Not so long ago, many believed the advent of social media would contribute to more substantive discourse in modern campaigns.
But no such luck in our hotly contested presidential race. Sideshows have ruled the day. From caged dogs on car roofs to birth certificates to out-of-context alleged gaffes, it's been "gotcha politics" played out in real time.
If it seems the daily one-hit wonder stories enjoy a longer than normal shelf life, they do. Well-financed super PACs are at least partly to blame. They have the ability to sustain a nonstory for weeks through relentless 30-second attack ads. And the coffers are always well-stocked with wealthy benefactors from the right and left.
The tenor of Campaign 2012 has contributed to the problem as well. Some on the right continue to focus on issues (Reverend Wright, Bill Ayers, community activists) that were litigated four years ago. That the president's background and worldview were not fully vetted by a compliant media in 2008 is now beside the point. This election is about the president's record over the past four years — and whether the American people want more of the same over the next four years.
From the left, it's been a bellicose campaign of class envy. "Hope" and "change" are long forgotten. Today, it's all about division: black vs. white, poor vs. wealthy, urban vs. rural — and, to a lesser extent, secular vs. religious.
These dueling narratives make for delicious confrontations, which in turn lead the nightly (or is it hourly?) news. But they fail to educate. They fail to require the candidates to engage in "second level" thinking where the "why" is as important as the "what."
It was with this background that the candidates appeared in Denver on Wednesday night. Finally, an opportunity to observe two smart men engage in substantive debate. At long last, real conversation without the low road of innuendo and outright falsehood.
Some of us hoped for a credible conversation about the realities of a $16 trillion national debt and unsustainable entitlement spending. Others desired an honest analysis of what a fully implemented "Obamacare" will mean for the cost and quality of American health care. Everyone wanted (and deserved) a heavy dose of the kind of dialogue dispensed by serious leaders in serious times.
For the most part, that's what we got. And it was pretty entertaining to boot.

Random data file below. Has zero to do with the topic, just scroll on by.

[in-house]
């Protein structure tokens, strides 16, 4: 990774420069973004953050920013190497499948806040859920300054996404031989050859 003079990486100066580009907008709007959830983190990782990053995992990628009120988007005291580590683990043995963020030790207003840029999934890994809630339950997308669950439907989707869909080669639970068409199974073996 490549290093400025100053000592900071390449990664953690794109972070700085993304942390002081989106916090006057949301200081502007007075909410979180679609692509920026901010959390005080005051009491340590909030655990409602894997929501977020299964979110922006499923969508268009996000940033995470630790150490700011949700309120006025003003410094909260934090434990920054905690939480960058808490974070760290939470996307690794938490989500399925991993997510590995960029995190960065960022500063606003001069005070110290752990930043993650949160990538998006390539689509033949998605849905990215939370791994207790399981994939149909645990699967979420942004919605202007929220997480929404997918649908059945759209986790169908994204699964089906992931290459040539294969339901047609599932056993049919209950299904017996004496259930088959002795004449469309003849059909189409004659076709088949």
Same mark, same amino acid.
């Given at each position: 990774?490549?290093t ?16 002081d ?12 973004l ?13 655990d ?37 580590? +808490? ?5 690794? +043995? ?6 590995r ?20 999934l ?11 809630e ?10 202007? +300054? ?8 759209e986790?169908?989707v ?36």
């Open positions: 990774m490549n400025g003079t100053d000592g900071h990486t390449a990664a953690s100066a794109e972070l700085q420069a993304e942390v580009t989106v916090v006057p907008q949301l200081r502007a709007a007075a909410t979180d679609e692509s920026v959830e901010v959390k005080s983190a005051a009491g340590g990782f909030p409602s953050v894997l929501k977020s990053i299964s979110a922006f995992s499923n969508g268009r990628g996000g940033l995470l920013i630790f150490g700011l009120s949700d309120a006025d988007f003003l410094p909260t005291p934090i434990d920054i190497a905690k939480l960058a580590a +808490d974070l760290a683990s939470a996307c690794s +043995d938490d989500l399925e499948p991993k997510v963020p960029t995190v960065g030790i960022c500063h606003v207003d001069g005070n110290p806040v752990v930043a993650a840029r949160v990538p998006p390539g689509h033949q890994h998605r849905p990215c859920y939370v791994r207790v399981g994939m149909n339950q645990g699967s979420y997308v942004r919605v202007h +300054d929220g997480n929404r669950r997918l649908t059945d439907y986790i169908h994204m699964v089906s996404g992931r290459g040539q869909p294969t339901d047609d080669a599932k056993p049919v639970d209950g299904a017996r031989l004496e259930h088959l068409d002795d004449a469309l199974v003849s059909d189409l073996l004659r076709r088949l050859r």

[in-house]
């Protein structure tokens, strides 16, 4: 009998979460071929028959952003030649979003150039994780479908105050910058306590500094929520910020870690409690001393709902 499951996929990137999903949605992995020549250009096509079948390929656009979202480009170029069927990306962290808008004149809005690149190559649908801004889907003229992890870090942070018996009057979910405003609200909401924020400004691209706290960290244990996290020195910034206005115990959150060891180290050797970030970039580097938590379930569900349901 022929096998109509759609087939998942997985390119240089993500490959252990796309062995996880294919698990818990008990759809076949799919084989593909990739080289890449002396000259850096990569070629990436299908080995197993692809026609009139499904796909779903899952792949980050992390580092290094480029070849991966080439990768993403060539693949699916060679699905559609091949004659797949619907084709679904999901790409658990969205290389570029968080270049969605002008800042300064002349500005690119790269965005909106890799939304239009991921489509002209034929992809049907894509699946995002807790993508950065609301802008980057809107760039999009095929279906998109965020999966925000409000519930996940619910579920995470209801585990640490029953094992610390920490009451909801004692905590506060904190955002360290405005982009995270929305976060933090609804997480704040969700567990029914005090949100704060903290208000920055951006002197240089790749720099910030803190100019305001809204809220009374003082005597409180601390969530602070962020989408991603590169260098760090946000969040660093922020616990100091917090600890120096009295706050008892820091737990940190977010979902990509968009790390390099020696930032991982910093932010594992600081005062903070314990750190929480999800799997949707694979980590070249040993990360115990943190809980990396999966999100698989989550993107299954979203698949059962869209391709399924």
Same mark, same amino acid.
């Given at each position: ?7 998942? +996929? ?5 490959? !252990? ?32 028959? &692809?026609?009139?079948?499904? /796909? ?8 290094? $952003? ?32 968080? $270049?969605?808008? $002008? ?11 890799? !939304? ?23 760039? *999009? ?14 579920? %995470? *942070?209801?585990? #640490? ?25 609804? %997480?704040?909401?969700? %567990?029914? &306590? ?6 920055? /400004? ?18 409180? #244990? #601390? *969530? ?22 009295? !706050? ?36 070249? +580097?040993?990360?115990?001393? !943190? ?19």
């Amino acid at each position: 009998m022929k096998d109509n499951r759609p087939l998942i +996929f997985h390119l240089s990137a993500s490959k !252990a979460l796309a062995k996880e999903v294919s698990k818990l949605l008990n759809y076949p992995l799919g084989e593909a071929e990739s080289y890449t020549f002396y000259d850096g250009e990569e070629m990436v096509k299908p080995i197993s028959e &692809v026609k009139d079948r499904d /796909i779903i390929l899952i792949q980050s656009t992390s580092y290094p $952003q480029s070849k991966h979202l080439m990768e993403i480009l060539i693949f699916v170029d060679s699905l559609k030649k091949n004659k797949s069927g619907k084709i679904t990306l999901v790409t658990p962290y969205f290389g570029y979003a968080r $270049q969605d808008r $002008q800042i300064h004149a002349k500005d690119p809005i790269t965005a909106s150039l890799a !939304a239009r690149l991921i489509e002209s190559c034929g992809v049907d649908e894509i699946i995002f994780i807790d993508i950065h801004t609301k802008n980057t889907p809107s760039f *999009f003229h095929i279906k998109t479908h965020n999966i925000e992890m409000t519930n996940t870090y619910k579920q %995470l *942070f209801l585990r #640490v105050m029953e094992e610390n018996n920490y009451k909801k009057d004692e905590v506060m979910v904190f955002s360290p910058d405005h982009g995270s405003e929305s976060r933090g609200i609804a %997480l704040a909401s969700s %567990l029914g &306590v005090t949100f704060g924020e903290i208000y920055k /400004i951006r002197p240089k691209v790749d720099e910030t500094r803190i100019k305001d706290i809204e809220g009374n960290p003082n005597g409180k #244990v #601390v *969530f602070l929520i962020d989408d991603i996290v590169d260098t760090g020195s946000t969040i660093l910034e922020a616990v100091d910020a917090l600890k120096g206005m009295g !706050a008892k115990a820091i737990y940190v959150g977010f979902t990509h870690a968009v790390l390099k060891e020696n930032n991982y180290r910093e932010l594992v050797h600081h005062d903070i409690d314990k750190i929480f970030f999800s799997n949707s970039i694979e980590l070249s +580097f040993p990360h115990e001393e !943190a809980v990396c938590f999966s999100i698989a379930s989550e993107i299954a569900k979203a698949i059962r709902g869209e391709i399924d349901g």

Former Gov. Mitt Romney displayed the form exhibited during the GOP primaries. He was crisp, nimble and well prepared. Importantly, he demonstrated the type of focused delivery that looked ... well, presidential.
In the process, the Romney campaign accomplished its primary goal: raising a likability factor that had taken a major hit since the "47 percent" video was leaked in mid-September. That leak and the Democrats' skillful manipulation of the comment into their "Mitt is out of touch" narrative had bumped President Barack Obama into a slight lead in a number of toss-up states.
In Denver, the challenger was still the CEO driving an unapologetic pro-business agenda. Such is the essential Romney, like it or not. But this night, for the first time in the general election campaign, an empathetic leader emerged: a leader with a determination (and plan) to strengthen America's romanticized but besieged middle class.
Almost predictably, the president appeared flat, robotic and increasingly frustrated with the proceedings.
Despite my Romney stripes, I was somewhat empathetic regarding this general mindset. It's more difficult being the incumbent. An incumbent has a record. Records are fair game. And this particular record is not so shiny — particularly with regard to the U.S. economy.
So the president took his lumps while answering with mostly familiar campaign themes: The wealthy fail to pay their fair share; the Obama Administration inherited the worst economy since the Great Depression; and Obamacare is a good deal for America.
On this night, however, the lines fell flat.
All voters beware. There are two remaining presidential debates. There will be a vice presidential debate. And don't forget the thousands of ads, millions of dollars and zillions of polls yet to come.
In political terms, that's a lifetime — maybe two.
Robert L. Ehrlich Jr.'s column appears Sundays. The former Maryland governor and member of Congress is a partner at the law firm King & Spalding, the author of "Turn this Car Around," a book about national politics, and Maryland chairman for the Romney presidential campaign. His email is firstname.lastname@example.org.